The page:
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Business

Recession in developed countries to impact trade, says ADB

Louella Desiderio - The Philippine Star
Recession in developed countries to impact trade, says ADB
“If advanced economies were to fall into recession, developing countries in Asia would not be immune to the fallout,” ADB economists Matteo Lanzafame, Irfan Qureshi, Arief Ramayandi and Marcel Schröder said in the multilateral lender’s latest blog.
Businessworld / File

MANILA, Philippines — Asia’s developing countries will not be spared from the impact of a recession in advanced economies, with the effect mainly to be on trade, the Asian Development Bank (ADB) said.

“If advanced economies were to fall into recession, developing countries in Asia would not be immune to the fallout,” ADB economists Matteo Lanzafame, Irfan Qureshi, Arief Ramayandi and Marcel Schröder said in the multilateral lender’s latest blog.

They said Asia would be affected mainly through trade, with about 29 percent of the region’s merchandise exports going to the United States and Europe last year.

In the case of the Philippines, the US was the top destination for its merchandise exports last year, accounting for 15.87 percent of total.

Data from the Philippine Statistics Authority showed the country’s merchandise exports to the US were valued at $11.85 billion last year.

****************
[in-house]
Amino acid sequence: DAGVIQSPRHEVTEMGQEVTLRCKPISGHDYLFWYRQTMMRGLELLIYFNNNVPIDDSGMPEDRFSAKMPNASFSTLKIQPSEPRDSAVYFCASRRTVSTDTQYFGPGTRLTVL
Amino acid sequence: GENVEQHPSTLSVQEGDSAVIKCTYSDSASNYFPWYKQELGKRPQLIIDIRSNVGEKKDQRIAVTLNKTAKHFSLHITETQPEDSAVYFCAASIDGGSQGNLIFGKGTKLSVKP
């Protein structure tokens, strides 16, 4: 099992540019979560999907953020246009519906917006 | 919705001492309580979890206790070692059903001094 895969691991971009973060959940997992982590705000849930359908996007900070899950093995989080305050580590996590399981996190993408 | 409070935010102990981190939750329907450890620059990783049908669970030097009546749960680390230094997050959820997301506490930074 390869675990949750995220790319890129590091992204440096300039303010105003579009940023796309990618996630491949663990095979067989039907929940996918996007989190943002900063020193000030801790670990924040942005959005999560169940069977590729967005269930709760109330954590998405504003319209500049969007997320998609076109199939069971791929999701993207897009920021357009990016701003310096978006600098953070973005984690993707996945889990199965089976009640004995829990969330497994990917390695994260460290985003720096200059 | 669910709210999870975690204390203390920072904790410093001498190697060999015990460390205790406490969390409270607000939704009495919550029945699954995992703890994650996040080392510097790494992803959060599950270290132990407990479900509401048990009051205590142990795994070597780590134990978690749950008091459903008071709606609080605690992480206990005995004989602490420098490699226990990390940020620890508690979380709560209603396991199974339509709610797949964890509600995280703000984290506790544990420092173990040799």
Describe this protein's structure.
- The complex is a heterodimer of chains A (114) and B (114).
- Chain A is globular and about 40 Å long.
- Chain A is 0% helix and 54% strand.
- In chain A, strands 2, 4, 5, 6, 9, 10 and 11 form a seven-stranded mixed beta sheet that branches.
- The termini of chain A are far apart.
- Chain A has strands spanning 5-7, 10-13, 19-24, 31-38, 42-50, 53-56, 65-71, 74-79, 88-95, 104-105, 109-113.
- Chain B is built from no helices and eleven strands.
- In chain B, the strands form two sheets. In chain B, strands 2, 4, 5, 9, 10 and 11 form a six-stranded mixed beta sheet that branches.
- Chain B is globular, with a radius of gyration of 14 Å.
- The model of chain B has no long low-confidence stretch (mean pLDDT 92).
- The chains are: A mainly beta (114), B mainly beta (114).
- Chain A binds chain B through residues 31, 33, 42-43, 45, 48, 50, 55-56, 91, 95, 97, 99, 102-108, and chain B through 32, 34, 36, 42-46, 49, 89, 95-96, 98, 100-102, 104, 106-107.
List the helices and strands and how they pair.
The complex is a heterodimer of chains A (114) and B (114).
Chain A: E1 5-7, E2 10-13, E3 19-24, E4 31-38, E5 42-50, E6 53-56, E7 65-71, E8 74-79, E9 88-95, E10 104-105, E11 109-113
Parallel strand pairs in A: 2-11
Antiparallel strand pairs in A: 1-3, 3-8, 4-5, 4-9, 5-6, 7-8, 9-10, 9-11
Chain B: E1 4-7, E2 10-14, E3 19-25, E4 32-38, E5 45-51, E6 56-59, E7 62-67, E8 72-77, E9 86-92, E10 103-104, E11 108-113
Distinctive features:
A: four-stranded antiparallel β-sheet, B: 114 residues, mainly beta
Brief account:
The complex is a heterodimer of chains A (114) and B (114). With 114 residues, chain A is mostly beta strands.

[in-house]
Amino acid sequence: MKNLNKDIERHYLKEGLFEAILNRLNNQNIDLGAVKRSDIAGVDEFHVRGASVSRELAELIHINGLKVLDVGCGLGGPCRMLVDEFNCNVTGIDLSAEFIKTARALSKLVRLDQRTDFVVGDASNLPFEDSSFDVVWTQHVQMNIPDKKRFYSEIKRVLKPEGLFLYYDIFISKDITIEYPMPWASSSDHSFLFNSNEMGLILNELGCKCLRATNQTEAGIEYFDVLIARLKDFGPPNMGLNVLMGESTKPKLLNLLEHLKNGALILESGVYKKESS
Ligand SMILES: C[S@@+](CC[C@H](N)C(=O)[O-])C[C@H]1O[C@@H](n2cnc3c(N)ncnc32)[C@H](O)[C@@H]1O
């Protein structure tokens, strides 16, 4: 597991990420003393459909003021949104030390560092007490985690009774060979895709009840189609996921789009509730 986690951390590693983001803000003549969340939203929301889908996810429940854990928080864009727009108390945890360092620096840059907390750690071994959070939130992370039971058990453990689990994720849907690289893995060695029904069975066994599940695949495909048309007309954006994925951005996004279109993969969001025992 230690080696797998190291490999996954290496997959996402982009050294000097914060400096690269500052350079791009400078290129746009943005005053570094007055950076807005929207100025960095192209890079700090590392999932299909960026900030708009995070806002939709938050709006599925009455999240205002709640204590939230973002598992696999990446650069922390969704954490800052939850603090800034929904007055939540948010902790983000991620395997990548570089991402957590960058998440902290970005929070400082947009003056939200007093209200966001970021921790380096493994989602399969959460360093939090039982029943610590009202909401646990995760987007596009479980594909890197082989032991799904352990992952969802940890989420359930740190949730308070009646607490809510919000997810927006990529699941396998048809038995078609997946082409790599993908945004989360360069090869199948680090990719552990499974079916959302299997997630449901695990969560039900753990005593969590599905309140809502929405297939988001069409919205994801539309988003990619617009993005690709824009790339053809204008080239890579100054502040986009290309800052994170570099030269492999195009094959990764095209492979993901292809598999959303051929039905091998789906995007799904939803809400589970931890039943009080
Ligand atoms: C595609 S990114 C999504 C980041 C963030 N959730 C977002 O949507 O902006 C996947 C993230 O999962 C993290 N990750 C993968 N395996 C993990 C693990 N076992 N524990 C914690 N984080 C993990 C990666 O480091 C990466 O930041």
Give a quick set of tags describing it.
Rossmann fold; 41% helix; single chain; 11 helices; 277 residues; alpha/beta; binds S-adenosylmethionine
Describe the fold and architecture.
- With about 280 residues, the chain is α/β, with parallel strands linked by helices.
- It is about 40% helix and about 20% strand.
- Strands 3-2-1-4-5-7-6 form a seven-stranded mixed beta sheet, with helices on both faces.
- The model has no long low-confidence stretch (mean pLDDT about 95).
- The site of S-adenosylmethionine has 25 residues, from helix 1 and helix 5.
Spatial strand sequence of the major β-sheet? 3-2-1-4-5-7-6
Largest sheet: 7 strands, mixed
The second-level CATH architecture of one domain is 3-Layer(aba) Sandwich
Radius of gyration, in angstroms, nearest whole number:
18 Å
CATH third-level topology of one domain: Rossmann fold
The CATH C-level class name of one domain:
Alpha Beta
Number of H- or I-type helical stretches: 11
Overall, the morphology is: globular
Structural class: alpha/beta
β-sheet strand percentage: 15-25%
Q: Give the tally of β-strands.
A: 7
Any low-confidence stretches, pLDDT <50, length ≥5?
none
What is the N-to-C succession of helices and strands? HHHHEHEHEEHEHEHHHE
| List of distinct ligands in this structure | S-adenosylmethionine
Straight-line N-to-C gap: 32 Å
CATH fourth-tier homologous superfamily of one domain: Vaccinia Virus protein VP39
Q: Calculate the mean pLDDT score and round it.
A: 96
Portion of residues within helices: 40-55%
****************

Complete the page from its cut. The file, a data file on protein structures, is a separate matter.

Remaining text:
“The effects are likely to be layered. First, lower consumer spending in the US and euro area would dampen Asia’s export prospects,” the ADB economists said.

Those likely to suffer a larger impact are the more open economies such as China, South Korea and Singapore.

In addition, the ADB economists said the slower growth in China, which exports about 30 percent of its goods to the US and Europe, would further weaken demand for imports from the rest of Asia and create distortions to production chains in the region.

“Some developing Asian economies could also be affected via reversals of financial flows,” the ADB economists said.

Investors often go for safe-haven assets during periods of uncertainty, and this could lead to substantial capital outflows and currency depreciation in emerging economies.

“Such a development could fuel imported inflation, stifle consumer and business confidence, and give rise to balance of payments and debt servicing difficulties in economies with weaker macro-fundamentals,” the ADB economists said.

While advanced economies are not in a recession, they said the risks of such are rising as central banks are hiking interest rates to address rising inflation, and given the possible escalation of the fallout from Russia’s invasion of Ukraine.

With Asia to be affected should advanced economies go into a recession, the ADB economists said policymakers in the region will have to monitor the economic environment and carefully plan their response to keep inflation in check and sustain growth.

“In economies where the current level of economic activity is higher than its post-COVID-19 productive capacity, monetary policy tightening should be given more weight,” they said.

As for those where present economic activity is short of the economy’s production capacity, they said aggressive monetary tightening could be costly and counterproductive.

In either case, they said the monetary policy should be coordinated with prudent fiscal policy, with social protection provided to the most vulnerable groups, and investments made in areas with high development returns.

“Greater coordination among monetary authorities across the world, as well as clearer communication of their planned tightening path to tame inflation, would make it easier for policymakers to choose the right policy mix,” they said.

ADB

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